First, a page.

Duke football players using household items to do offseason workouts

Duke sent all its football players care packages to help them prepare for the upcoming season during the coronavirus pandemic. (Photo courtesy of Jack Wohlabaugh)

Champions are made in the weight room, or so goes the old football cliché, anyway. But what happens when weight rooms are locked and gyms are off-limits?

That was the problem facing most college football programs as the time usually slotted for offseason conditioning arrived, with the nation still mired in a shutdown due to the coronavirus pandemic.

At Duke, for instance, players usually spend much of the summer on campus, taking courses in both summer sessions and working out regularly under the watchful eye of strength and conditioning coach Noel Durfey.

Campus is closed, however. Classes are online and players are home. Not all homes are created equally, which makes Durfey’s job even tougher as he tries to make sure the Blue Devils get their weight work in despite what may be very different home environments.

“All you can do is the best you can do,” coach David Cutcliffe said. “We’re not with them. The difficult task is that they’re in different places and different environments. Different size of dwellings. Different abilities to go run, even on the street. That concerns me greatly.”

In the early days of the shutdown, the staff acted quickly to help the players.

“When this happened, we saw there was a chance of this being long-term,” Cutcliffe said. “When we were able to go over to the office, before the stay-home, we were able to put together care packages that we sent to every current player. We were able to send different kinds of strength bands, protein powders, really outstanding snacks, different things that they needed to focus on to be as best they can.”

Then Durfey contacted the players to see what they had available in or around their homes.

“After about a week or so, when everything really started closing down, we reached out to find out what guys have access to,” Durfey said on the Duke football podcast. “After we found out what guys have, we came up with four different workouts.”

Some players had basically the same type of setup they’d have in the Duke weight room, with a full set of weights. Some could do bench press and squats. Some just had dumbbells in the house. And some …

“A lot of guys didn’t have anything,” Durfey said.

When he says “a lot,” Durfey means “most.”

“I’d say it’s about 60/40,” he estimated. “With 60% don’t. 40% have access.”

So he and his staff had to design a workout using items commonly found around the house that would allow a Power Five college football player to get his lifting in.

First, Duke’s staff had to make sure that other items commonly found around the house weren’t going to negate the work Durfey was having the players put in.

“All of us in this quarantine mode, if you got snacks in your house, you’re crazy,” Cutcliffe said. “That’s what you go to first — all of us, including our players. … Beth Miller, our nutritionist, sends out information about reminders and proper nutrition and foods that make them feel full and foods that give them energy and foods that help recovery.”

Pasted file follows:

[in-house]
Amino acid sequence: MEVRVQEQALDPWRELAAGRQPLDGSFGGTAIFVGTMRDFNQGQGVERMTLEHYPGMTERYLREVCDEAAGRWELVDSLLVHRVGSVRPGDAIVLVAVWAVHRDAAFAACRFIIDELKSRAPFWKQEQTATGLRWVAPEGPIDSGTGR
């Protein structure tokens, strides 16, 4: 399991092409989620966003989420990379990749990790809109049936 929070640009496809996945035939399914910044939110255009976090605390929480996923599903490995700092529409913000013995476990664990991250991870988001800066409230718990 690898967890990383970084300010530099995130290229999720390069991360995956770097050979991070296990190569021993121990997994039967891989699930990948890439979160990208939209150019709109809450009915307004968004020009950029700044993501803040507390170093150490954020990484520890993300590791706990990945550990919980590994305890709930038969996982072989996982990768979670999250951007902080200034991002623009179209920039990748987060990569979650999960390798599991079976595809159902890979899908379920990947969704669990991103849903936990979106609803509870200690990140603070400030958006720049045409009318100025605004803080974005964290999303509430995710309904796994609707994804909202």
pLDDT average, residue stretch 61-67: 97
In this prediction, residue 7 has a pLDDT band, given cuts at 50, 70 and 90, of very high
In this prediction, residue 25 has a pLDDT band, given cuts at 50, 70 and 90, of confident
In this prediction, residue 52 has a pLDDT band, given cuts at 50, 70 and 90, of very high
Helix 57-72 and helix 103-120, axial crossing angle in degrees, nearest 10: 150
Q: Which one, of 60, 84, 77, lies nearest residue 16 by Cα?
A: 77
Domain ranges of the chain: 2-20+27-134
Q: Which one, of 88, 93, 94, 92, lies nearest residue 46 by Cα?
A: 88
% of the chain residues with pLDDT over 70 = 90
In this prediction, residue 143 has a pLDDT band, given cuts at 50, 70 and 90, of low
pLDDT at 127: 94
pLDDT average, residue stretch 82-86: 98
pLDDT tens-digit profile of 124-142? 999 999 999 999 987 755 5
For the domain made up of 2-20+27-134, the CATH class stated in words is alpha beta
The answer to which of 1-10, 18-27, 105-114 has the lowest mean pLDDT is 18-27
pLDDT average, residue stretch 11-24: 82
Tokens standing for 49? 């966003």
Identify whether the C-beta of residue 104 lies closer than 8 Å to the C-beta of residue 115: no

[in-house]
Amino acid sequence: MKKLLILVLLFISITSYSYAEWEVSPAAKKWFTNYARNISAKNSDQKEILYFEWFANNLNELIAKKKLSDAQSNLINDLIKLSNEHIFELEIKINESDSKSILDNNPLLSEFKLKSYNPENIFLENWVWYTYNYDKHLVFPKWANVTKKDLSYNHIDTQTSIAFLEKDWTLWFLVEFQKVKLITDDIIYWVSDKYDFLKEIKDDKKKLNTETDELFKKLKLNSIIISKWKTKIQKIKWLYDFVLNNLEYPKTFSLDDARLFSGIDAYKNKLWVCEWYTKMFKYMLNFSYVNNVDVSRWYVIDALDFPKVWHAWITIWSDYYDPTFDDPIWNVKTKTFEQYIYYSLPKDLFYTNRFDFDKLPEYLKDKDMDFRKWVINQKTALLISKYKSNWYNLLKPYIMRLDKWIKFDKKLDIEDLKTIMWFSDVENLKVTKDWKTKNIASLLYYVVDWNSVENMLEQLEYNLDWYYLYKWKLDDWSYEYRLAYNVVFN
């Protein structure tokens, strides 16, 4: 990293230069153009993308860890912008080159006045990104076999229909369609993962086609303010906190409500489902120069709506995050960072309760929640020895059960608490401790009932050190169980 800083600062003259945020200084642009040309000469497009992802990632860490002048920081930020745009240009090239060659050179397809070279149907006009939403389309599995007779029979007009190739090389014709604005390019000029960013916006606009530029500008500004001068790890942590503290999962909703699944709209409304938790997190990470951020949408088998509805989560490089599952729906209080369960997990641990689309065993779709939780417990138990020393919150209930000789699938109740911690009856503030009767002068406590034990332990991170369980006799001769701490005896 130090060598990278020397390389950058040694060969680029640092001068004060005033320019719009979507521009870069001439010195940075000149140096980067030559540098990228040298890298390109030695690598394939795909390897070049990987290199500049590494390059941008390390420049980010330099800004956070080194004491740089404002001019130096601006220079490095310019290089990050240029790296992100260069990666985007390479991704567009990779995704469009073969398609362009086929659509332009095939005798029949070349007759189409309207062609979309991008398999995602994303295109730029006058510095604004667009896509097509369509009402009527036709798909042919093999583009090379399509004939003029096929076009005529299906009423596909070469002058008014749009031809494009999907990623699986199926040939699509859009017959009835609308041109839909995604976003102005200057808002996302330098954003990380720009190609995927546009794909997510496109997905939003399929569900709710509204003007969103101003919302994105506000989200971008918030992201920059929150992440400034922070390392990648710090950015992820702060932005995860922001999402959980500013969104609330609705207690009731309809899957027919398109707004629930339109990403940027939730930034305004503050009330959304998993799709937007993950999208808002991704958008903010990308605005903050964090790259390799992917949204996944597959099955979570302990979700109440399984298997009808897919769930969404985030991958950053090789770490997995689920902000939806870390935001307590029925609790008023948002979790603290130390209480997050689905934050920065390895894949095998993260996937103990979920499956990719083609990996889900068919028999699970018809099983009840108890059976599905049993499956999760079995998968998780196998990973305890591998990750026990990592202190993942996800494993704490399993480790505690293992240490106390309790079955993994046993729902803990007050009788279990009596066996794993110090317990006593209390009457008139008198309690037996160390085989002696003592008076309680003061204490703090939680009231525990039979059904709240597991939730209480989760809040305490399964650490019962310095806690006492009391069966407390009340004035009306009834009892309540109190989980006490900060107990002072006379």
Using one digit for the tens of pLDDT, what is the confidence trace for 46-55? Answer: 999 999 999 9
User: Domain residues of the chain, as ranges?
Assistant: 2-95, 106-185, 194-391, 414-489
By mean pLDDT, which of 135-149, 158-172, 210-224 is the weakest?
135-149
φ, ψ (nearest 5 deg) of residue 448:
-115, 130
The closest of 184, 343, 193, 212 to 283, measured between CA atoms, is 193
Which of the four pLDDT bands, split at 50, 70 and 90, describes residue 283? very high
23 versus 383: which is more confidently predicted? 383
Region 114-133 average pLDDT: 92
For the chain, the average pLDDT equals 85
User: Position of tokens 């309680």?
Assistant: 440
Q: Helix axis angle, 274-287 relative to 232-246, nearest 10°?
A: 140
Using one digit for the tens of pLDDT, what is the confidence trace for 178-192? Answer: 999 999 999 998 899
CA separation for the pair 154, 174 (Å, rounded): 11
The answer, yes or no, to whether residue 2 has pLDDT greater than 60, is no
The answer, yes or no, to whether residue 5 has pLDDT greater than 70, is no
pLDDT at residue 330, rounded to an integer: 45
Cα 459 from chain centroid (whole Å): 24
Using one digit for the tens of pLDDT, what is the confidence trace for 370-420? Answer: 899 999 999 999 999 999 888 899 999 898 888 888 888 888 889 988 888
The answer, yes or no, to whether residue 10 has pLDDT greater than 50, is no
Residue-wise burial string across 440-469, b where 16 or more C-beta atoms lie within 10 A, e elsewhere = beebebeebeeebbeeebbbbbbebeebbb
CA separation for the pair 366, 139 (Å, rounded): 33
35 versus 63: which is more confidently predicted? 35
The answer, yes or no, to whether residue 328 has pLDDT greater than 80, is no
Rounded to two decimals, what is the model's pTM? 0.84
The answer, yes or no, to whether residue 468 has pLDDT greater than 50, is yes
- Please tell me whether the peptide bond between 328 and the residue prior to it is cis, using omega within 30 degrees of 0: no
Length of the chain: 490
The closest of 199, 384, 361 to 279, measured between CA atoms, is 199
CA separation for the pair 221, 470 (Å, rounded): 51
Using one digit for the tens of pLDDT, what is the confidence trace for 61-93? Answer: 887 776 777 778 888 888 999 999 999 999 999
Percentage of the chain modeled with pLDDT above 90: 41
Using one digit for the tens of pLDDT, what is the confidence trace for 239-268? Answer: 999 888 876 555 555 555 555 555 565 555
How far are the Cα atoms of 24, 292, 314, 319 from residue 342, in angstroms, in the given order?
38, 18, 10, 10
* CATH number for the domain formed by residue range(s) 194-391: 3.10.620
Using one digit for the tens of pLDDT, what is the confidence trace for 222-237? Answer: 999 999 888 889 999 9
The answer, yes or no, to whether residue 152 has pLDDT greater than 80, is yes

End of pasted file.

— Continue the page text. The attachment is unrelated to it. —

Assuming the players are eating right, Durfey could set about finding things suitable for them to lift.

Does that mean Duke players around the country are busy deadlifting their refrigerator or pushing the family car up and down hills? Not quite. Durfey’s priority is to keep the players safe, even if it means they can’t get the strength gains from offseason work that players often see.

“They’ve got to come back in shape,” he said. “Worst-case scenario: They come back in July. There’s not enough time to get in shape. We can get stronger as we go along. That’s really the easier part.”

Instead, players are using something that every college student has available — their backpack. When filled with Duke textbooks, it can become very heavy. Duke’s workout plan involves doing pushups while wearing their backpacks and using them to add weight to leg lifts, delt raises (the dumbbell lift that looks like a bird flapping its wings) and lunges.

Jugs of water and large cans of food can help replace dumbbells for curls and other lifting exercises, and, often, a partner pulling on a towel wrapped around the player’s arm or leg can provide resistance. Durfey has the players using towel resistance for rowing exercises and curls.

To make sure the players understand exactly how they’re supposed to use these household props, and to avoid injury, Durfey and his staff upload videos demonstrating each new exercise and movement.

Eventually, the players will be able to return to campus, and then, it will be time to get ready for the season.

“When the kids do get back, man, it’s gonna be fast and furious,” Durfey said.

Despite that, he realizes that not everyone may have been able to stay in football shape with book bags and towels. As a result, he’s been busy ordering 110 heart-rate monitors to evaluate and monitor the players as they work out in the Duke weight room.

“We’ve got to be patient,” he said. “We’ve got to be calm. We’ve got to meet the kids where they are physically.”

He’s not too worried about the Blue Devils coming back out of shape, however.

“The teams with the most self-discipline will thrive in this type of environment,” he said. “We’ve got to be that team.”